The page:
Lou Reed's death this week rocked the world. Certainly few if any artists had more influence over the garage rock that we cover weekly here with the Friday Nuggets offering, and throughout the year with most of the bands we feature here at When You Motor Away.
Hard to select only one Lou Reed song, but I'm hugely partial to "I'm Waiting for The Man", released in 1967 on The Velvet Underground and Nico, their landmark debut record. It embodies the surface simplicity of '60's garage rock, especially with its pounding piano line. But underneath, there's a tremendous amount going on that makes it one of Reed's most beloved songs and an all-time classic.
Here it is, film by Andy Warhol shot during the band's earliest rehearsals in 1966:
If you are wondering where the Stooges and then The Ramones got their tough and primitive sound, look no further than this song.
The word most associated with Lou Reed this week in the many fine articles written about him was "influential". But the word I would use is "unflinching". No musical artist of his stature was so fearless. He depicted life as he saw it, in the most stark terms, and musically, he was just as bold, defiant and frequently unsettling.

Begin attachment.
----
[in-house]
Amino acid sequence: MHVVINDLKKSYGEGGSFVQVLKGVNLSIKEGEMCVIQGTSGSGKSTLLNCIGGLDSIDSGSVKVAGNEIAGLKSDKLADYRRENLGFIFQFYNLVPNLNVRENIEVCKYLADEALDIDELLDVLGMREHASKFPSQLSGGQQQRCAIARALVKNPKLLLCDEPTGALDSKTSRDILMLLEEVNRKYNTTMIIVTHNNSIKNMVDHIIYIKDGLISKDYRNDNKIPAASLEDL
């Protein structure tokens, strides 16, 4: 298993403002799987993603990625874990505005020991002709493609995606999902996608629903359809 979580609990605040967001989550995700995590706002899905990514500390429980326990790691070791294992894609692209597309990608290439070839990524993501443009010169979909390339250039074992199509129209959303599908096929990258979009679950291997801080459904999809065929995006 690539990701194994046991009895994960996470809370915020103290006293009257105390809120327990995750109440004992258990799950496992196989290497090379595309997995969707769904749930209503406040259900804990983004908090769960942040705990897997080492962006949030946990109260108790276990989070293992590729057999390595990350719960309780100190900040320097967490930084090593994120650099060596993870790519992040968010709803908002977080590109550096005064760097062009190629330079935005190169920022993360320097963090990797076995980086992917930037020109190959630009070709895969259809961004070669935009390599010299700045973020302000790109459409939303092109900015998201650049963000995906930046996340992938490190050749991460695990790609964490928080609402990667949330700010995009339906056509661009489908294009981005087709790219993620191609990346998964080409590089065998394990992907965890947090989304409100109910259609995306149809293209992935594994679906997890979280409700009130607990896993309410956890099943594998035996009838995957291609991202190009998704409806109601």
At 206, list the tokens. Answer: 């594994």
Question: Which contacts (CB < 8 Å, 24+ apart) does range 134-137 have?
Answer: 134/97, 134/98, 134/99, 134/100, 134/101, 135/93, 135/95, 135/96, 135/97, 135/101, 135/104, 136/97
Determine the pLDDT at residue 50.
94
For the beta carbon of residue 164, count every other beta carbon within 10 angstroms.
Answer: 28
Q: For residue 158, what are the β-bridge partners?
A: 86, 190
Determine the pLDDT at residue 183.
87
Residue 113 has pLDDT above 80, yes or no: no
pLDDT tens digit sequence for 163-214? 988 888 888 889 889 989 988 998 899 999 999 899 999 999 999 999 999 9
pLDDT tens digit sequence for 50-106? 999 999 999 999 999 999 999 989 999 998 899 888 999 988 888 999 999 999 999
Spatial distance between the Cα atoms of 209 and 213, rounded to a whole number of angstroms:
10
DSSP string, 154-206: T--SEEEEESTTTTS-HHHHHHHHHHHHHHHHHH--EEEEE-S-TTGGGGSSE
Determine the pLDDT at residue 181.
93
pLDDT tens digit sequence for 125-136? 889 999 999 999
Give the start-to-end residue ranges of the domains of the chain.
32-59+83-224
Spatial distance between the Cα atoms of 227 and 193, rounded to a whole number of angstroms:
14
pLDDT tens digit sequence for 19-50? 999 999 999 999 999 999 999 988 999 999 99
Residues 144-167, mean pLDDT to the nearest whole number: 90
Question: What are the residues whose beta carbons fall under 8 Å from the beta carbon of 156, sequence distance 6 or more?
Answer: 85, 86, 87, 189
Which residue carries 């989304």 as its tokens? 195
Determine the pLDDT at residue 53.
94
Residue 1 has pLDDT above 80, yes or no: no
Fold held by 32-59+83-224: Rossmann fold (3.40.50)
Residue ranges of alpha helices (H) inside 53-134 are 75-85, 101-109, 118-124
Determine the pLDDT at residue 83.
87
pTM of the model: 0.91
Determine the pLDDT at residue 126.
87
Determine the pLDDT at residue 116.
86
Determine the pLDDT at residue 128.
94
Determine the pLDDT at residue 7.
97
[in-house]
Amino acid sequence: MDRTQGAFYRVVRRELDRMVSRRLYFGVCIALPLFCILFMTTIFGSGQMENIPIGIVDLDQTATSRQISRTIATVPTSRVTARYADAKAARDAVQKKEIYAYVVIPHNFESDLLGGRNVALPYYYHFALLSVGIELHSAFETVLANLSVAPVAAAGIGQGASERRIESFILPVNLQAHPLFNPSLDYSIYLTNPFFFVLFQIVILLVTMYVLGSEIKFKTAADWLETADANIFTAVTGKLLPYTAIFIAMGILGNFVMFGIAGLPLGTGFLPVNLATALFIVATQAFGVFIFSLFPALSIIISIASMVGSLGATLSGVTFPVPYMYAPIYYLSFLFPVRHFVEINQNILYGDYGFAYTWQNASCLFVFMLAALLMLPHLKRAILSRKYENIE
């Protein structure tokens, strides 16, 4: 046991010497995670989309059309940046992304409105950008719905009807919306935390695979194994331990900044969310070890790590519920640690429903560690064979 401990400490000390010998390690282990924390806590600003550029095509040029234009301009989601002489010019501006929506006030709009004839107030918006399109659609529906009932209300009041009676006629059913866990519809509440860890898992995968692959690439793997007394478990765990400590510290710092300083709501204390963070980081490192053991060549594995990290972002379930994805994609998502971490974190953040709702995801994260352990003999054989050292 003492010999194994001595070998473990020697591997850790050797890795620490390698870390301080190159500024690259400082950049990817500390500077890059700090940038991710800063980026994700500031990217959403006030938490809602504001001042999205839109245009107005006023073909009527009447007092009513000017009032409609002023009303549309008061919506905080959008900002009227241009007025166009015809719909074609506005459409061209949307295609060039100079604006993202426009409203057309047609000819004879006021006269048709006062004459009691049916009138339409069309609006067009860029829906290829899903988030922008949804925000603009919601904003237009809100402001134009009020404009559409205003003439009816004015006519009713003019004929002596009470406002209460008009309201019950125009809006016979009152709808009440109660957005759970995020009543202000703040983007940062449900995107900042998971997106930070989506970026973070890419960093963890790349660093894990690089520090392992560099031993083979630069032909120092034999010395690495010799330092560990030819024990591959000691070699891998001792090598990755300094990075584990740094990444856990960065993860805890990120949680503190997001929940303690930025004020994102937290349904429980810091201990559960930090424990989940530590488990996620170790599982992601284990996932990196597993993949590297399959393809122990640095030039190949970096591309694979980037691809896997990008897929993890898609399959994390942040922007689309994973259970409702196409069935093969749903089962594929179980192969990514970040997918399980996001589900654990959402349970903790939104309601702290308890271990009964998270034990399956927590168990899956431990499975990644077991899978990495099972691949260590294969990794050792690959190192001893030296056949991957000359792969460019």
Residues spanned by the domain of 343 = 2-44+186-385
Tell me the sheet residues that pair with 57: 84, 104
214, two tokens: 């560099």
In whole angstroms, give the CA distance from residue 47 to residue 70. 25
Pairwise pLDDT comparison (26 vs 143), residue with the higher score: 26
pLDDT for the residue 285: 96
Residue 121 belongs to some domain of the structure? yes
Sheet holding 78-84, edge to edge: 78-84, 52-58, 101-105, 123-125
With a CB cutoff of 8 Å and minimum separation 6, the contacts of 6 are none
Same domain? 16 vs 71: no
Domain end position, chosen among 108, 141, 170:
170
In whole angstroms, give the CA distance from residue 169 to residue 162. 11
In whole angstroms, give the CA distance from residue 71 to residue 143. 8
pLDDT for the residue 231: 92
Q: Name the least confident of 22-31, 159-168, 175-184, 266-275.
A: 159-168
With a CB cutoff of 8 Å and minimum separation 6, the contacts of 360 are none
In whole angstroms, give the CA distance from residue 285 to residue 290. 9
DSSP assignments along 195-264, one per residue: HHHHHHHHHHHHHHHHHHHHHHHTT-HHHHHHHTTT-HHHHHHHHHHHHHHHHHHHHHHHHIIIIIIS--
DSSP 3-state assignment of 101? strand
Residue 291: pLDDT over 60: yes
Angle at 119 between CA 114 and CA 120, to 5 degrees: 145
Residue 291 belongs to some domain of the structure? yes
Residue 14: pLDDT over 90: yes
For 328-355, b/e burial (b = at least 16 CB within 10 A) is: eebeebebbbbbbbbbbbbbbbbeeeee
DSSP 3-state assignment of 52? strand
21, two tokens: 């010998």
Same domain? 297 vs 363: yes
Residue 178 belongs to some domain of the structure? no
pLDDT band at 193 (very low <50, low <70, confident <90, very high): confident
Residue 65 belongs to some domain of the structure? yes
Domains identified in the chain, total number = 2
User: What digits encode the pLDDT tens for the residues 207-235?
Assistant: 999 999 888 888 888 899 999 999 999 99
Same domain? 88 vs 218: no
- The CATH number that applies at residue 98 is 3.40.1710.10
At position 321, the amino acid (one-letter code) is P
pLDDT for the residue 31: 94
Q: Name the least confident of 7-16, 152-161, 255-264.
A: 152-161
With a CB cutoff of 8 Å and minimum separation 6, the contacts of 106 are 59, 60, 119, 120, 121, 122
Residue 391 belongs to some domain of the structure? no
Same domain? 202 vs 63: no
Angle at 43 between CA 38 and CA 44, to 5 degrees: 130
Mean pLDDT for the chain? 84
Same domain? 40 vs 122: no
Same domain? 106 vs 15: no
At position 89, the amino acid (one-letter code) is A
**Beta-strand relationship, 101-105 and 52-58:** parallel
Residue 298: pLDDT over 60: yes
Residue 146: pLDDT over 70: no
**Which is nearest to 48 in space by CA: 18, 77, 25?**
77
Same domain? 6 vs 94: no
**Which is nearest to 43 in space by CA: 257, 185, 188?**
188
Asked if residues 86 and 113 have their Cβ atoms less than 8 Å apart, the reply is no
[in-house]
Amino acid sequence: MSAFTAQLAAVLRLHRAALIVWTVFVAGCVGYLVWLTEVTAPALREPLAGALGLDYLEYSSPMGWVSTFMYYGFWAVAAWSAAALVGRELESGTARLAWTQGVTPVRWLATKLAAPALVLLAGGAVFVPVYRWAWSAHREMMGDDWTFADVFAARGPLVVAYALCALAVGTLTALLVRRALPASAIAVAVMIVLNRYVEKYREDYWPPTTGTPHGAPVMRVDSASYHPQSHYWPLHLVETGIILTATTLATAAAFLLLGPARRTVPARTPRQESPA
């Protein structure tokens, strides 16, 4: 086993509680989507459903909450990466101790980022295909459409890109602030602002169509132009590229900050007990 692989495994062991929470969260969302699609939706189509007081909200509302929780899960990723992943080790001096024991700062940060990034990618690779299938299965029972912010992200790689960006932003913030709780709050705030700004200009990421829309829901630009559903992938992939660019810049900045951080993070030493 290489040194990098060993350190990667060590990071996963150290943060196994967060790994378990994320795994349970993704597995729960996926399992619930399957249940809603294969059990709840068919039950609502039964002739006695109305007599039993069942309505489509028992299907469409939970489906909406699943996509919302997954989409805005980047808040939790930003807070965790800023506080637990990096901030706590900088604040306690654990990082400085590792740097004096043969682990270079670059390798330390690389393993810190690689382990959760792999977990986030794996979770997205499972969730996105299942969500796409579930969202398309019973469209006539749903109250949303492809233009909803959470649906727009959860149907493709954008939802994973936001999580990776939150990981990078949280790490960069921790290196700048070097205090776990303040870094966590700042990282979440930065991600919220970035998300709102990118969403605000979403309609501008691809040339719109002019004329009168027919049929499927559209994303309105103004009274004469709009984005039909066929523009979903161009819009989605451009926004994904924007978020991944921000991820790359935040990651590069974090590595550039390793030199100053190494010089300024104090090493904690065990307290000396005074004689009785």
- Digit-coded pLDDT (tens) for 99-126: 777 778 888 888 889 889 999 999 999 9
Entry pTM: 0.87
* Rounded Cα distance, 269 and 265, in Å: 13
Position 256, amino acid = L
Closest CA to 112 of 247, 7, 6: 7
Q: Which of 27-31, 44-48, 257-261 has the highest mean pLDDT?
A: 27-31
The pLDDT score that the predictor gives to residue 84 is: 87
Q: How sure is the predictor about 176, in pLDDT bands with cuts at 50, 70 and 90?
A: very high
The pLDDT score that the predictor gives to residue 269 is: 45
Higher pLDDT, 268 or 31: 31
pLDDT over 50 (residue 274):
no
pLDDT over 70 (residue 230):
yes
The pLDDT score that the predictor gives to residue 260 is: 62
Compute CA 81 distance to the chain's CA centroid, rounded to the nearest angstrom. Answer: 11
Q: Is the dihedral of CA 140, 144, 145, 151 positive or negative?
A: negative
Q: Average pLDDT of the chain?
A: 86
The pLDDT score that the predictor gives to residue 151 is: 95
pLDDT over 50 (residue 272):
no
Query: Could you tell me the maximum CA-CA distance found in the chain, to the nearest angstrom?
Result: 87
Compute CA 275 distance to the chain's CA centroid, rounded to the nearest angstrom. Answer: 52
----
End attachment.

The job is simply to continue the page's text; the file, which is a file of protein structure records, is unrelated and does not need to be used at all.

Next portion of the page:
Reed was a journalism student and that kind of eye for details and the truth defined his writing. "I'm Waiting for The Man" neither glamorizes drug use nor presents a cautionary tale. Lou Reed simply takes you with him to a drug buy in Harlem - the address, the number of flights of stairs, the exact cost ($26, not a rounded number), the clothes his seller was wearing (PR shoes and a big straw hat). And most strikingly, he lets you listen to the conversation in the street and a glimpse into the clash of cultures when properly raised Jewish boys head up to Harlem to buy drugs:
Hey white boy, what you doing Uptown?
Hey white boy, you chasing our women around?
Oh pardon me sir, it's furthest from my mind.
I'm just looking for a dear dear friend of mine.
This is one of the greatest rock'n'roll songs that will ever be made.